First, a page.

06 January 2006

"Six Feet Under" for Church Professionals and Their Families

The Book of Daniel is worth checking out.

You've got the drug-using artistic younger daughter who's struggling to find her identity (just like Claire).

You've got the son who has a family that is struggling with his sexual orientation (just like David).

And at least one character talks to a dead person repeatedly throughout the show.

And it's pissed off conservative Christians:
Book of Daniel Continues to Spark Criticism and Reaction
(AgapePress) - An official with the American Family Association says concerns about possible anti-Christian messages in a new NBC series are warranted. The hour-long drama The Book of Daniel, scheduled to kick off this evening (Friday, Jan. 6), is touted by the network as edgy" and "challenging." Critics, however, disagree -- some saying it "mocks" Christianity, others saying that it deals with religious subjects in an offensive manner. The show's main characters include Daniel Webster, who is a drug-addicted Episcopal priest, as well as his alcoholic wife, his homosexual son, his drug-dealing daughter, and his lesbian secretary, who has a romantic relationship with his sister-in-law. Also, there is Daniel's Chinese adopted teenage son who is dating a female bishop's daughter, and -- perhaps the most controversial character of all -- a white-robed, long-haired and bearded "Jesus" who appears to Daniel and holds discussions with him, often openly challenging contemporary interpretations of church teachings. While the Los Angeles Times reports that some Episcopal priests say the program "offers a refreshingly candid portrayal" of religious leaders and are encouraging their church congregations to watch the program, one pro-family researcher who was among a group of clergy invited to screen several episodes of the program earlier this week at the NBC affiliate in Memphis sees few positives. Ed Vitagliano, director of research for the American Family Association and news editor of AFA Journal, says concerns about the series, which he says mocks Christianity, were not unfounded. "The show is written by a non-Christian, but it's written about Christians that people are not going to recognize," says Vitagliano. "I don't know anybody this dysfunctional in my over 20 years of ministry."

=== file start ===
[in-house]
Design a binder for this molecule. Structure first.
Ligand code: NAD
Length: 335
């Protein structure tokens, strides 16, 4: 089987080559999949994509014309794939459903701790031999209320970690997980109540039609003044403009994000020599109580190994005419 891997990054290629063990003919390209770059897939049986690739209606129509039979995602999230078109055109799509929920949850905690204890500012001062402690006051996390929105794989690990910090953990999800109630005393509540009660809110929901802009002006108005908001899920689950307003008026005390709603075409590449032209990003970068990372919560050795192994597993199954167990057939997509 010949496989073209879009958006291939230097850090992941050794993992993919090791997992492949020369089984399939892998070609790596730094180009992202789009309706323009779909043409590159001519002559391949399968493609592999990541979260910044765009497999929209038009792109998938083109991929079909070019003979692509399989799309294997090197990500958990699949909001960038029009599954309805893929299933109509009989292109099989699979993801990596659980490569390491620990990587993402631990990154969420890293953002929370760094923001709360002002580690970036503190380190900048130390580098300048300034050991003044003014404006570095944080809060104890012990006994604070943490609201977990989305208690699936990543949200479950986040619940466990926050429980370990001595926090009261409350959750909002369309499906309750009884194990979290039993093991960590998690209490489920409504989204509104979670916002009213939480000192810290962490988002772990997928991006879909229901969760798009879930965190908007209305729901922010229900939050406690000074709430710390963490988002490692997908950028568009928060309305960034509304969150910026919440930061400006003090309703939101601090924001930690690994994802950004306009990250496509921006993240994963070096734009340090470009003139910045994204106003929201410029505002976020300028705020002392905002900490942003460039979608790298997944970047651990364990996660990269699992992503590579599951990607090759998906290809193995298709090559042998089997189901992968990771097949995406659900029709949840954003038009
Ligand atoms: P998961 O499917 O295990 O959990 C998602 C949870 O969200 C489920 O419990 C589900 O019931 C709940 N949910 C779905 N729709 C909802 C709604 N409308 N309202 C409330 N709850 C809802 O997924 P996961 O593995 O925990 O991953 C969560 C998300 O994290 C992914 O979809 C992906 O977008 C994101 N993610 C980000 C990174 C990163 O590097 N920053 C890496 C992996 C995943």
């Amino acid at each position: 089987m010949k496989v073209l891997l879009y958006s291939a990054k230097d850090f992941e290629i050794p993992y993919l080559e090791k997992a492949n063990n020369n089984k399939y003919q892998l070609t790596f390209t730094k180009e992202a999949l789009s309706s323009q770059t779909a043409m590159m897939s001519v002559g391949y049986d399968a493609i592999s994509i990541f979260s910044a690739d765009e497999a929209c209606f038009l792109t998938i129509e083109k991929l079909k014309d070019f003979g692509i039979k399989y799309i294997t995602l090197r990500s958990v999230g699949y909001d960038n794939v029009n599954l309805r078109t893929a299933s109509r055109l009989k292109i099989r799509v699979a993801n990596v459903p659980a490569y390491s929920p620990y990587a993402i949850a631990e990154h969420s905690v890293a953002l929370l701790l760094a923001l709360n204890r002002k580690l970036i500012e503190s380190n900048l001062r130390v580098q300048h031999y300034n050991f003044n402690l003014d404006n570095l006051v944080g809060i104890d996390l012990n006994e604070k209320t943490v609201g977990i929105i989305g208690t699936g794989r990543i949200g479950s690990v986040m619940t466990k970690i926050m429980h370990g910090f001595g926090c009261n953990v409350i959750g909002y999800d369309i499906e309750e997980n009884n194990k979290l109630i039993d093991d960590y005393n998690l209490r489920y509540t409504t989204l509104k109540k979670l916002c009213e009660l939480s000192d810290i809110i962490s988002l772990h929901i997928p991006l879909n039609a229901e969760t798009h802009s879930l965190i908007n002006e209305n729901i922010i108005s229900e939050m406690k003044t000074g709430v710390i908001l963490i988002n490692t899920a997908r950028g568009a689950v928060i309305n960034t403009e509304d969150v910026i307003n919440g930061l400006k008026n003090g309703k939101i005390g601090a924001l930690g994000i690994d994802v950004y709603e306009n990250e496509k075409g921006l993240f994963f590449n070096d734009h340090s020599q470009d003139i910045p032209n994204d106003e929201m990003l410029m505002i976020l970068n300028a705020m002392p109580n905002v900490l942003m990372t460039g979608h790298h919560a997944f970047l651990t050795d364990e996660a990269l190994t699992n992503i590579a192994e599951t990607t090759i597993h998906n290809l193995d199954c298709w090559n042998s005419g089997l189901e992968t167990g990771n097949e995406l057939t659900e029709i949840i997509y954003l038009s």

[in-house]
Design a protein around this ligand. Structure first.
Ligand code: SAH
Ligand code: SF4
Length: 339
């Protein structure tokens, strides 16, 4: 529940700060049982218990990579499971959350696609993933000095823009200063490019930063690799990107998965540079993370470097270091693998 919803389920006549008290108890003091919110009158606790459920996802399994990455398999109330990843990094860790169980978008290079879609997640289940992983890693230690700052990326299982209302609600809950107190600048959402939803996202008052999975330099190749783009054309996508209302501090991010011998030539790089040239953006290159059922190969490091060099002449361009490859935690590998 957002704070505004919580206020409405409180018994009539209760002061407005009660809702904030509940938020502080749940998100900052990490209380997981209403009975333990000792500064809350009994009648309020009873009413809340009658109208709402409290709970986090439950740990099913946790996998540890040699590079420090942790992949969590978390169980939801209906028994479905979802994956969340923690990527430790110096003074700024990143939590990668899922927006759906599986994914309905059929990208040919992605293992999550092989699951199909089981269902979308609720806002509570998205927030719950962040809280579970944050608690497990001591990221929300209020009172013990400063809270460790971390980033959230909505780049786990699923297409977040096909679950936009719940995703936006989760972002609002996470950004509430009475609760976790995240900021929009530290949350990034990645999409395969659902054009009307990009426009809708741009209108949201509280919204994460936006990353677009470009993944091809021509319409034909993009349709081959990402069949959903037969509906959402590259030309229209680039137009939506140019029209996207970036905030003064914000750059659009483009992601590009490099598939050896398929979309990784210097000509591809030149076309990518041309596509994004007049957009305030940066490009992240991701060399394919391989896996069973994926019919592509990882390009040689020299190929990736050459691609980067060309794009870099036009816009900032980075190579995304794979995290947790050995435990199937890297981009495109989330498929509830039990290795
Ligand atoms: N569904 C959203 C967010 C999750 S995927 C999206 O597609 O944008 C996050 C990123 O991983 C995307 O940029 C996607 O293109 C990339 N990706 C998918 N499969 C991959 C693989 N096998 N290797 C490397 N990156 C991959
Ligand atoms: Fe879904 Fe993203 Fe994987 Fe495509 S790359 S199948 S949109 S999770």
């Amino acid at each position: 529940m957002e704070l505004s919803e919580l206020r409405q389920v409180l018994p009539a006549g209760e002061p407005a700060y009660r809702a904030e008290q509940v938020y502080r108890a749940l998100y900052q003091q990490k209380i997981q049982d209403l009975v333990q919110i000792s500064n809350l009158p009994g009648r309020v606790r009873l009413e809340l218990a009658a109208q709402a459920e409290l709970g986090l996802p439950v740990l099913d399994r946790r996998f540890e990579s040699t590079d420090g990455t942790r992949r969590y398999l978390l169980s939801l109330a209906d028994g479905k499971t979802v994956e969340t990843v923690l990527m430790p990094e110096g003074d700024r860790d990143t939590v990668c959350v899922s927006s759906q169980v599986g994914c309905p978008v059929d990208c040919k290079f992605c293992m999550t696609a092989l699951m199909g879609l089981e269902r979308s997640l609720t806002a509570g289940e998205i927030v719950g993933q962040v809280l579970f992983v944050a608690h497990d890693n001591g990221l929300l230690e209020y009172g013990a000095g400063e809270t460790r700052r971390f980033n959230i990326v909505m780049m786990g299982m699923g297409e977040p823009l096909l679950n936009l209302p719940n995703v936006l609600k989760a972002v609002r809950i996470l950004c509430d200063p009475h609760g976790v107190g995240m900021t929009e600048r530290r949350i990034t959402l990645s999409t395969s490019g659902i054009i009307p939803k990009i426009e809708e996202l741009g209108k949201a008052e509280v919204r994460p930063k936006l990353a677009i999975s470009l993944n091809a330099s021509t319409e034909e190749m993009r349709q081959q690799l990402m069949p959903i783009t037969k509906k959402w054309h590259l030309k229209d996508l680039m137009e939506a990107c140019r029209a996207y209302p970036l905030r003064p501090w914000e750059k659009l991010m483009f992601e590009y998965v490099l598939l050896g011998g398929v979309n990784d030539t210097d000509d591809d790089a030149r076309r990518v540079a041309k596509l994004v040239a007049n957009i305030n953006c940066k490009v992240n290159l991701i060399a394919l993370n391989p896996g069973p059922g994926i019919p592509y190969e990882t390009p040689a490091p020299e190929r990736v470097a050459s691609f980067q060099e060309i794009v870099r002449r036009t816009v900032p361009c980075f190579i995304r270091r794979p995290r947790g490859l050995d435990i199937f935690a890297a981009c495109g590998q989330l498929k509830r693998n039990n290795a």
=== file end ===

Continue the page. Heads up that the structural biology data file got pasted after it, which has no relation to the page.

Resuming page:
Gee ... I didn't know the idea that Christians are humans with real problems was blasphemy.

1 comment:

LaReinaCobre said...

I am so greatly amused by the title of pro-family. Who exactly is anti-family?